MFs assets shrink further, but don't blame the entry load ban
MF folios have not reduced because of the ban alone. High deposit rates, a volatile, range-bound equity market, and uncertainty over ELSS funds due to the Direct Tax Code overhang is what has actually led to a fall in inflow in the last one year
Assets under management by Indian mutual fund houses breached the Rs 6 lakh crore mark in March 2012 on the downside, plunging to Rs 5,87,217 crore, whileinvestor folios registered a decline of 7.2 lakh over the September 2011 -March 2012 period, according to data released by the Association of Mutual Funds in India.
Many in the mutual fund industry have blamed Sebi's 2009 ban on entry loads - the charge deducted from your investment to pay for distribution costs - as the prime reason for this shrinkage. With little incentive to push mutual funds, sales of new units have fallen.
According to Crisil Research, mutual funds have lost close to eight lakh folios in the last fiscal. Many retail investors stopped their systematic investment plans (SIPs) and have redeemed their fund investments as the equity market declined over 11 percent last year. The Reserve Bank order restricting bank investments in mutual funds to 10 percent (of their respective net worth) resulted in a 77 percent drop in bank folios, said the report.
Against this backdrop, the industry is hoping Sebi will reintroduce the entry load. A Mint article list three reasons for entertaining this hope:
"First, the industry claims MF folios have reduced, indicating that investors have moved out. Second, asset management companies (AMCs) aren't making enough money and Fidelity Worldwide Investment's sale of its Indian arm is being seen as some sort of endorsement to what they claim has made the MF industry unviable. And third, MFs claim that inflows have fallen, which means that investors simply aren't investing in MFs, especially equity funds."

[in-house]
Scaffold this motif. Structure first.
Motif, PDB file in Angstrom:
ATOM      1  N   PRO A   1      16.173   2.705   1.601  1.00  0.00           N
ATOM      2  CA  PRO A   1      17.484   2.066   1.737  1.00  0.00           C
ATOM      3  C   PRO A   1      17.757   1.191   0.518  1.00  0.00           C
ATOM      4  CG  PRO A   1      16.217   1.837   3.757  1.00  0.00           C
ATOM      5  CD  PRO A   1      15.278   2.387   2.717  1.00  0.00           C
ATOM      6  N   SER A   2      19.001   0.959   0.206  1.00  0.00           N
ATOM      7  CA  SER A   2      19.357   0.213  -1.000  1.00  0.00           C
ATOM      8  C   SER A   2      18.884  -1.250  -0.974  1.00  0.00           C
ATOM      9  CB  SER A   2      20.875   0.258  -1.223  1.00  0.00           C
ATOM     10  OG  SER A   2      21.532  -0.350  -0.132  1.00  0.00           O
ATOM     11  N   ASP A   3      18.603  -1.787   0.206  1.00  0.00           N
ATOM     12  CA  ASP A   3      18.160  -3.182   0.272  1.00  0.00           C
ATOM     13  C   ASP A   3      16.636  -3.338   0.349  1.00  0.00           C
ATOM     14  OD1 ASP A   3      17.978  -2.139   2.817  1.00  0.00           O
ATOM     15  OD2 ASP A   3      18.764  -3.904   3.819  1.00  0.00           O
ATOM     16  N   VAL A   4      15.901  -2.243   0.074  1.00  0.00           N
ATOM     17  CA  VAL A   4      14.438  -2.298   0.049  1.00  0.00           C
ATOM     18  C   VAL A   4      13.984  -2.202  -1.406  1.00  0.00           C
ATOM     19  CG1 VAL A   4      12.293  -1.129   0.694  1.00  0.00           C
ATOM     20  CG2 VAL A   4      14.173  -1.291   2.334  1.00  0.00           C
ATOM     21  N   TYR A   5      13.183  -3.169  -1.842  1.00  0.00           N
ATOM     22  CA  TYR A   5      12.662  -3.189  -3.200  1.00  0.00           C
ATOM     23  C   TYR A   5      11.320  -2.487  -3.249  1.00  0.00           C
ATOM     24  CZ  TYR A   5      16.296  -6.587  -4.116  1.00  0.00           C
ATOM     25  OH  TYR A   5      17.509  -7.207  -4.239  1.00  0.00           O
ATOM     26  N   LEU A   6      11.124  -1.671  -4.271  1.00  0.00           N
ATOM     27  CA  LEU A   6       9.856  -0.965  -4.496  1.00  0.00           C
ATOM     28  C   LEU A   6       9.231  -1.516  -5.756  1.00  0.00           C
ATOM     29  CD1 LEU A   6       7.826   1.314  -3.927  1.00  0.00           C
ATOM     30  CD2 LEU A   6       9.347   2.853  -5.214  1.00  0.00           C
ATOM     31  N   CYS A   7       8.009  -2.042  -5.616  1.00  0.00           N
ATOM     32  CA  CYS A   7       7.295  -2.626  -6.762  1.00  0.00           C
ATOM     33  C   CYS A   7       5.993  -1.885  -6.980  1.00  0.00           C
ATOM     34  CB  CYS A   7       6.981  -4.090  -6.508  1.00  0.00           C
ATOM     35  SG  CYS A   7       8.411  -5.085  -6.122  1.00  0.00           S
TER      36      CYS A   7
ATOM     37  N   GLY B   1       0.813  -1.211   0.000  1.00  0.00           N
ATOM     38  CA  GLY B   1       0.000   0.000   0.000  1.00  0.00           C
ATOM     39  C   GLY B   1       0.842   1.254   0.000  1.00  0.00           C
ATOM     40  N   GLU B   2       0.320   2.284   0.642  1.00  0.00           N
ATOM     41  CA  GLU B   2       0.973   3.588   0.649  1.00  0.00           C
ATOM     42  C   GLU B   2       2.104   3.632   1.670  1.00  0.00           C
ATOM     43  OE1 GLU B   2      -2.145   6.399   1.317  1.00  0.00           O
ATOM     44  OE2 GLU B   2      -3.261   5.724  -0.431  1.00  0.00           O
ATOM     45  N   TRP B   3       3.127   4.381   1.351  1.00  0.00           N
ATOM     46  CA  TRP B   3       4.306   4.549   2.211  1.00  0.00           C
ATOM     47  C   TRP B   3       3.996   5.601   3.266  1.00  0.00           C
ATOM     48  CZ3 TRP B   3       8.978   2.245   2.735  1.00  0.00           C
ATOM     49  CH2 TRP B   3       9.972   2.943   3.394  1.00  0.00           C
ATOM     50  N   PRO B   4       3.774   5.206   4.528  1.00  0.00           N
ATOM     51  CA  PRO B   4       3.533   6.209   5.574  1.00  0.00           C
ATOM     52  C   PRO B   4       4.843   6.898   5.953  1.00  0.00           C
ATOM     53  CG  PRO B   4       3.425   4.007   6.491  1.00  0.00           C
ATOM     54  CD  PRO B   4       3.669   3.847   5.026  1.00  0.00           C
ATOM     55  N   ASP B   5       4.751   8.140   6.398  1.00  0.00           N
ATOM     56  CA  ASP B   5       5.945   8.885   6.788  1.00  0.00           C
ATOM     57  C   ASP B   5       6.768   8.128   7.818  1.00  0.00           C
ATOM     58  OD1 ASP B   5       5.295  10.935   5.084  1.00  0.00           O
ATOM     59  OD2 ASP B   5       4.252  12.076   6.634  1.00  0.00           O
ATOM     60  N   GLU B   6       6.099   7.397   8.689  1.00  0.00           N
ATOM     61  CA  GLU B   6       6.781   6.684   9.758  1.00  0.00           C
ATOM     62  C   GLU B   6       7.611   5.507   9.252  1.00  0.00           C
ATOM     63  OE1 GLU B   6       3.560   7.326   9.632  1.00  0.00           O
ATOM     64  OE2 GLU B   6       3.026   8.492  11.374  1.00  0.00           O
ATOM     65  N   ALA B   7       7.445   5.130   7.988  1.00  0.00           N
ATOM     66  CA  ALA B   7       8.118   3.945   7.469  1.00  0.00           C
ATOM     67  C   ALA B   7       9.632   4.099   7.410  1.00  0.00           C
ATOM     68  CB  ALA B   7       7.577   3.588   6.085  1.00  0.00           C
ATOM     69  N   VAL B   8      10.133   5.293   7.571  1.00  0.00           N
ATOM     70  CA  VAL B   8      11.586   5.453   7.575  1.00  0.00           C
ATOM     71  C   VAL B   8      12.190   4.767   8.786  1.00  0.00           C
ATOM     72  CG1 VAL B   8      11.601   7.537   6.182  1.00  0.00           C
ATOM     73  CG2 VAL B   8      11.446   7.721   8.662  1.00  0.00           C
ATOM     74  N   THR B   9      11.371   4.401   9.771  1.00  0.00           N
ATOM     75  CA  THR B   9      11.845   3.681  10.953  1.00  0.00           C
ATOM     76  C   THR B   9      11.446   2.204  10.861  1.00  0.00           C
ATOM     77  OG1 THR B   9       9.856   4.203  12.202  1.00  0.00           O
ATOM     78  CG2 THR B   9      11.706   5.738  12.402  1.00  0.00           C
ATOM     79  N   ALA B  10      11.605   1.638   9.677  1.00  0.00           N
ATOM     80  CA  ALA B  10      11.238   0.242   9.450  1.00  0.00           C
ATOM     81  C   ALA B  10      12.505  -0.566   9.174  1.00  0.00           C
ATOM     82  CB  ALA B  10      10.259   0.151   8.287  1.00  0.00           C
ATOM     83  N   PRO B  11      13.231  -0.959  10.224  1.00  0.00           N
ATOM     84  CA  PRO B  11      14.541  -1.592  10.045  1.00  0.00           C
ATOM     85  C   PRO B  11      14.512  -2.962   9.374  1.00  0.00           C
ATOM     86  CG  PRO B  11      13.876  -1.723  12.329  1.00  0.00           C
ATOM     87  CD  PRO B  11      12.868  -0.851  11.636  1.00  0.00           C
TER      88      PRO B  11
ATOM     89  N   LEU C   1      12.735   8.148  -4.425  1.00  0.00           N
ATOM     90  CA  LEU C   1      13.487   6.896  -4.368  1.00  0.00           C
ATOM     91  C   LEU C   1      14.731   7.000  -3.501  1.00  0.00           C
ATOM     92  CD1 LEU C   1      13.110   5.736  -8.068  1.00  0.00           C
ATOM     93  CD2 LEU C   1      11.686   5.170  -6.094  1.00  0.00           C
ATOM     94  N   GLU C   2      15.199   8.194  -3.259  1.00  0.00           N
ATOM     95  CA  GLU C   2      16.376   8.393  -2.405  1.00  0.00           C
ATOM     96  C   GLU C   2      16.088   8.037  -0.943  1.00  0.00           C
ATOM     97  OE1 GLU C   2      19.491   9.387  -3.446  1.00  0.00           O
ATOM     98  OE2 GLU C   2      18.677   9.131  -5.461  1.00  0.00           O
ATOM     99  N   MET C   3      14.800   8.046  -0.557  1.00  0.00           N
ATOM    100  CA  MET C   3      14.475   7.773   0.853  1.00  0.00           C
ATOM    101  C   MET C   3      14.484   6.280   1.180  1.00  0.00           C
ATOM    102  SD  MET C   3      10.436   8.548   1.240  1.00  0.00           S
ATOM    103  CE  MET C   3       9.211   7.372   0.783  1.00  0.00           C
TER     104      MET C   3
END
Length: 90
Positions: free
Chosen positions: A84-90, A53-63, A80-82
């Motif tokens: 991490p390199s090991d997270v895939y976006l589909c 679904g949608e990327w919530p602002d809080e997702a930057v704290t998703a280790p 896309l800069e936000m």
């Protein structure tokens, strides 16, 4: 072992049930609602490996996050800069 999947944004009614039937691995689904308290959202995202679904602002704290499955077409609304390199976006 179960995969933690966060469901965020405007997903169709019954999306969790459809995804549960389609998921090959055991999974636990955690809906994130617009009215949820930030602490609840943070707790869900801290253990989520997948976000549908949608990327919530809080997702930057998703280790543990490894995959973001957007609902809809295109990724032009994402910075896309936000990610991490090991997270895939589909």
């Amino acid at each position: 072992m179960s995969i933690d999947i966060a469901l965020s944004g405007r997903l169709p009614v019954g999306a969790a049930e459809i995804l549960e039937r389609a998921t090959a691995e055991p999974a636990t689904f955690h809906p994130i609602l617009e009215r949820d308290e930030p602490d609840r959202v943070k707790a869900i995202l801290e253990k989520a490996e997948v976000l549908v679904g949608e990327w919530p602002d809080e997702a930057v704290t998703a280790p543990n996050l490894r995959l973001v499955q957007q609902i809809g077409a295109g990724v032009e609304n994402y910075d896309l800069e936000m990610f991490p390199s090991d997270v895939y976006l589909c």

But can the blame for the industry's recent woes be laid at the door of a single investor-friendly reform measure?
Many experts believe that restoring the industry's fortunes by bringing back the entry load could be a miscalculation. The end of entry loads (which could go upto 2.25 percent) improved the investible corpus and initial net asset values of investors. If marketed well, this should have got mutual funds more investors, not less.
The example of no-commission airline ticketing is illustrative. "Take the example of Air Asia, which is doing phenomenally well even without middlemen and agencies like makemytrip.com or yatra.com. A few years ago travel agents were fat cats, getting a lot of commission for tickets. Then came e-commerce and now tickets are mostly booked on the net wherein commission is cut out and tickets are priced cheaper. The mutual fund industry works the same way. Cut out the middleman's charges and the business will still flourish," an investment advisor told Firstpost.